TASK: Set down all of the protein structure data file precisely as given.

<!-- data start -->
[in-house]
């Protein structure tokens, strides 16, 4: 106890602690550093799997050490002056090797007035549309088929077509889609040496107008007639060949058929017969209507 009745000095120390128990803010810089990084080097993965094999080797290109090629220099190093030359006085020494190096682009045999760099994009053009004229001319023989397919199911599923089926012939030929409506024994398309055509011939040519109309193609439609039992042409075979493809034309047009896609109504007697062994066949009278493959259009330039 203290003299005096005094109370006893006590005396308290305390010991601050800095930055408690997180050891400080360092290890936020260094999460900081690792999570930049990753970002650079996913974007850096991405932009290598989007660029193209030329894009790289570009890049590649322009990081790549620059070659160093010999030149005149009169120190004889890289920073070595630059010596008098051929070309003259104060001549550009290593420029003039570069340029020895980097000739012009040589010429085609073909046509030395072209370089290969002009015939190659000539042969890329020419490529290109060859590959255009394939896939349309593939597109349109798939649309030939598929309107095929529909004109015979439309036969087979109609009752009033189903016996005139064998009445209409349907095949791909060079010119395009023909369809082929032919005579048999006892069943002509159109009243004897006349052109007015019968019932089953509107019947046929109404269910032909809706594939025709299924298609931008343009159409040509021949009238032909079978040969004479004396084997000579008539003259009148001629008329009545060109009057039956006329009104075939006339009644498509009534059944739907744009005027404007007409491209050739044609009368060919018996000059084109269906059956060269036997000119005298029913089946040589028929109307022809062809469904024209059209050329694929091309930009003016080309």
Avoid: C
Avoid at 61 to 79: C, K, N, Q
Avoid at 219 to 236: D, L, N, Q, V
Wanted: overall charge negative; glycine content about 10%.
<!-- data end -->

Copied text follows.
[in-house]
């Protein structure tokens, strides 16, 4: 106890602690550093799997050490002056090797007035549309088929077509889609040496107008007639060949058929017969209507 009745000095120390128990803010810089990084080097993965094999080797290109090629220099190093030359006085020494190096682009045999760099994009053009004229001319023989397919199911599923089926012939030929409506024994398309055509011939040519109309193609439609039992042409075979493809034309047009896609109504007697062994066949009278493959259009330039 203290003299005096005094109370006893006590005396308290305390010991601050800095930055408690997180050891400080360092290890936020260094999460900081690792999570930049990753970002650079996913974007850096991405932009290598989007660029193209030329894009790289570009890049590649322009990081790549620059070659160093010999030149005149009169120190004889890289920073070595630059010596008098051929070309003259104060001549550009290593420029003039570069340029020895980097000739012009040589010429085609073909046509030395072209370089290969002009015939190659000539042969890329020419490529290109060859590959255009394939896939349309593939597109349109798939649309030939598929309107095929529909004109015979439309036969087979109609009752009033189903016996005139064998009445209409349907095949791909060079010119395009023909369809082929032919005579048999006892069943002509159109009243004897006349052109007015019968019932089953509107019947046929109404269910032909809706594939025709299924298609931008343009159409040509021949009238032909079978040969004479004396084997000579008539003259009148001629008329009545060109009057039956006329009104075939006339009644498509009534059944739907744009005027404007007409491209050739044609009368060919018996000059084109269906059956060269036997000119005298029913089946040589028929109307022809062809469904024209059209050329694929091309930009003016080309």
Avoid: C
Avoid at 61 to 79: C, K, N, Q
Avoid at 219 to 236: D, L, N, Q, V
Wanted: overall charge negative; glycine content about 10%.